Even though it’s been months since former Disney CEO Bob Chapek officially left the company (with sizeable severance pay) and Disney CEO Bob Iger returned to clean up the Mouse House in the wake of Chapek’s mess, there have been many changes instituted in the Walt Disney Company. From the reorganization of the company with respect to top-level executives or the major layoffs that Disney is presently undergoing. And with this recent promotion, the Walt Disney Company is slowly putting more nails in the coffin of the Chapek-era.
Former Disney CEO Bob Chapek and current Disney CEO Bob Iger / Credit: ABC
Bloomberg reported recently that Joe Earley has been named the president of Disney’s direct-to-consumer business, “a critical role that includes responsibility for the company’s flagship Disney+ and Hulu streaming services.” Earley will be reporting to Dana Walden and Alan Bergman, the co-chairmen of Disney’s entertainment division, and succeeds Michael Paull, who is leaving the Mouse House after six years of service.
In the statement released, Bergman and Walden said, “Joe has proven himself to be an extraordinary asset and is uniquely positioned for this role as we guide Disney’s streaming strategy into the future.” Earley joined Disney in 2019 in the role of marketing for the launch of the Disney+ service. He was quickly appointed as the president of Hulu last year before his promotion once again this year.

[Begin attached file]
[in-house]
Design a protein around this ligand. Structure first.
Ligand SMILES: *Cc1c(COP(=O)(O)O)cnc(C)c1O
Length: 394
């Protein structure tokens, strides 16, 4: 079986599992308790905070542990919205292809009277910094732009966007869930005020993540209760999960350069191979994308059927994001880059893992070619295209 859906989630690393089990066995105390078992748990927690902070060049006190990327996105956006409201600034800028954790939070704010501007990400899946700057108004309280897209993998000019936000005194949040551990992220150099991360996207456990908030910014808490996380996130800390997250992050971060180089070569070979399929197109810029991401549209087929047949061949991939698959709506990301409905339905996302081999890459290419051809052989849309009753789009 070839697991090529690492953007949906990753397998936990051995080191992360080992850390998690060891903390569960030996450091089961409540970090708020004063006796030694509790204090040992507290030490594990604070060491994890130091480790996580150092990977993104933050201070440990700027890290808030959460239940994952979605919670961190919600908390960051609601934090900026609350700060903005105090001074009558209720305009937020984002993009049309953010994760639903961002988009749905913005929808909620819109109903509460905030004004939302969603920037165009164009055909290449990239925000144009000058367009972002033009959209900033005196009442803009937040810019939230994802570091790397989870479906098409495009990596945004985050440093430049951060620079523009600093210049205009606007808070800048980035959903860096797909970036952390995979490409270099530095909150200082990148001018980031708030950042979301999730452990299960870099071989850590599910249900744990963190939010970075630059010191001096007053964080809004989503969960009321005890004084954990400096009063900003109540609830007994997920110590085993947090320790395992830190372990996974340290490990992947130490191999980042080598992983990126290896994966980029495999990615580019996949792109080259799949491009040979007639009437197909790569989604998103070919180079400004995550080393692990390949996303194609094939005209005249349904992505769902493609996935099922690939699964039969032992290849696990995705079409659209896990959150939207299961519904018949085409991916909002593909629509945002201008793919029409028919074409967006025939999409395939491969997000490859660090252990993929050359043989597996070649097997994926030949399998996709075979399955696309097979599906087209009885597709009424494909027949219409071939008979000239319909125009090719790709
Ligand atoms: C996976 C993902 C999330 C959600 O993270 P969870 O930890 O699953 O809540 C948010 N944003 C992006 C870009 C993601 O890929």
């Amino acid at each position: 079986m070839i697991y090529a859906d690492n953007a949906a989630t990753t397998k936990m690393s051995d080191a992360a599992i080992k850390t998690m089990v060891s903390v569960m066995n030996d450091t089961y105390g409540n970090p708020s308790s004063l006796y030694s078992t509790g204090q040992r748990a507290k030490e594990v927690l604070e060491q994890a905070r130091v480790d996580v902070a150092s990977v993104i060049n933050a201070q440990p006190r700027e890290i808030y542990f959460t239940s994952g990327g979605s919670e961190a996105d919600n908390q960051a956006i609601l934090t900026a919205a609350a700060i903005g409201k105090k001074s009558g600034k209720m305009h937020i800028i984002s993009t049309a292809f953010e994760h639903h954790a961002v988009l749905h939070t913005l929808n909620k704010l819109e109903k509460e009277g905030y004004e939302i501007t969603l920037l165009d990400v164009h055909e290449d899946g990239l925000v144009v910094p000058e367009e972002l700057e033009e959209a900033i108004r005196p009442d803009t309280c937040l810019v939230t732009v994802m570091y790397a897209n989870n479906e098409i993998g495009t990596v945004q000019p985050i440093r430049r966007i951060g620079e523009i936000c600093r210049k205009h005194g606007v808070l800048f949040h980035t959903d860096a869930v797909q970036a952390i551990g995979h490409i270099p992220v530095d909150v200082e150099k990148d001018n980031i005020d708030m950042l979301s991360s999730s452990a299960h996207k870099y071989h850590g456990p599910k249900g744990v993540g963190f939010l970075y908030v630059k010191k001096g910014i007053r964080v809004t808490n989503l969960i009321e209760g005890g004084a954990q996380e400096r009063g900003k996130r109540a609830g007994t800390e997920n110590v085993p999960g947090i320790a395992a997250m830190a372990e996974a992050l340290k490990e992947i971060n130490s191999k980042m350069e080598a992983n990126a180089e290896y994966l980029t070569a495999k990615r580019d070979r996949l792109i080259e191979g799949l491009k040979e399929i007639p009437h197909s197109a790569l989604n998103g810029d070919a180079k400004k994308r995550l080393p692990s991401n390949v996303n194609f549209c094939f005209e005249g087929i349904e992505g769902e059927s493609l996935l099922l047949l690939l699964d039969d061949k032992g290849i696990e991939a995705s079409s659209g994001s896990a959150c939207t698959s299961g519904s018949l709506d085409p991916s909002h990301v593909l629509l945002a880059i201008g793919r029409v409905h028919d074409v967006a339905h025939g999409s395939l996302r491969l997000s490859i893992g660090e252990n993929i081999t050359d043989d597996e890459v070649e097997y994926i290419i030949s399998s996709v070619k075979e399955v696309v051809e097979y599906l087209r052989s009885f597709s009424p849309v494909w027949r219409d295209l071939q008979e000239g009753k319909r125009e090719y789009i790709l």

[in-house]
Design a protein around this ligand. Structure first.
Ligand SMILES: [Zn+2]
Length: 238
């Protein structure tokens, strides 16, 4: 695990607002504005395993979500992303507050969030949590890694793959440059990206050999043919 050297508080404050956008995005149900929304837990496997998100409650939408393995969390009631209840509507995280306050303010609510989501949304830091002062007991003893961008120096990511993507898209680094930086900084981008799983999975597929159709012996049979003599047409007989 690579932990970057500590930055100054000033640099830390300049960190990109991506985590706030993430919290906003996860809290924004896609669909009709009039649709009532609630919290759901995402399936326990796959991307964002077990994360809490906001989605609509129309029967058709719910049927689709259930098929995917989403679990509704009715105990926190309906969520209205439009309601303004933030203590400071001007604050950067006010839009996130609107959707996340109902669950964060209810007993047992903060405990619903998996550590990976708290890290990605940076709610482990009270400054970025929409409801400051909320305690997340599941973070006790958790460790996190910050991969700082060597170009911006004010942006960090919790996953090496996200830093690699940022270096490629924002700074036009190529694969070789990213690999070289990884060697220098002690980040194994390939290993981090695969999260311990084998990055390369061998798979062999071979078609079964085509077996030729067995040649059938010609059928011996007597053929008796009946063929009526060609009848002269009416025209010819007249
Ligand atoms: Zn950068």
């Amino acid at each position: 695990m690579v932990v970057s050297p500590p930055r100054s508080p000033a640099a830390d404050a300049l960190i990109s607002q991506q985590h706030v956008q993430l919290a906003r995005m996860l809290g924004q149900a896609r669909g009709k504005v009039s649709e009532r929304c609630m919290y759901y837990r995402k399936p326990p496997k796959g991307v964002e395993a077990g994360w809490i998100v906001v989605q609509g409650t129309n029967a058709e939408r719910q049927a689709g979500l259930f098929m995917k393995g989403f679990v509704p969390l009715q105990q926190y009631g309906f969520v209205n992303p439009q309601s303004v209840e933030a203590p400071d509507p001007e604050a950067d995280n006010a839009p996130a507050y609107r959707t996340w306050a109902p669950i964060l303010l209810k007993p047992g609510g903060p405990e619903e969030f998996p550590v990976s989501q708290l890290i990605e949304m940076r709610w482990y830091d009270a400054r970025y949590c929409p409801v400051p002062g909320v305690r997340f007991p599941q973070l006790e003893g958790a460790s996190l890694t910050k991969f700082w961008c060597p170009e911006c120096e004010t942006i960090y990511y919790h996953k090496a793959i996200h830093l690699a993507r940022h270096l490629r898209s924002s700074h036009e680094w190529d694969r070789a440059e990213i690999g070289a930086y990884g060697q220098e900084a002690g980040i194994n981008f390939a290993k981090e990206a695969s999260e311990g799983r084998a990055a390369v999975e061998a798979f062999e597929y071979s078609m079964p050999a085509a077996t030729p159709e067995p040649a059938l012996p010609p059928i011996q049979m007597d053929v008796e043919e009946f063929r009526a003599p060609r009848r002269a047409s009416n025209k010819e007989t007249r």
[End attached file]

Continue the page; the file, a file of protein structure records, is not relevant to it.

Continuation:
As Disney Fanatics know, the streaming sector had sustained major losses, and it was soon after the earnings call of Q4 of the last financial year, where Bob Chapek seemingly tried to continue to paint a picture that investors didn’t agree with, that we soon found out about his ousting.
Over the last few months, the clean-up effort has been apparent, and it’s clear that Iger is set on bringing in executives who he trusts to make the right calls for Disney.
As Bloomberg reported,
Streaming is one of the pillars of Disney’s future as revenue from cable television declines. With investors pressing media companies to boost the returns from streaming, Iger is aiming for that business to break even as early as next year.
One of Disney CEO Bob Iger’s main responsibilities in returning was to look into the $1.47 billion quarterly loss in Disney’s streaming business and turn it around. And with these latest updates, it seems he’s set on doing just that.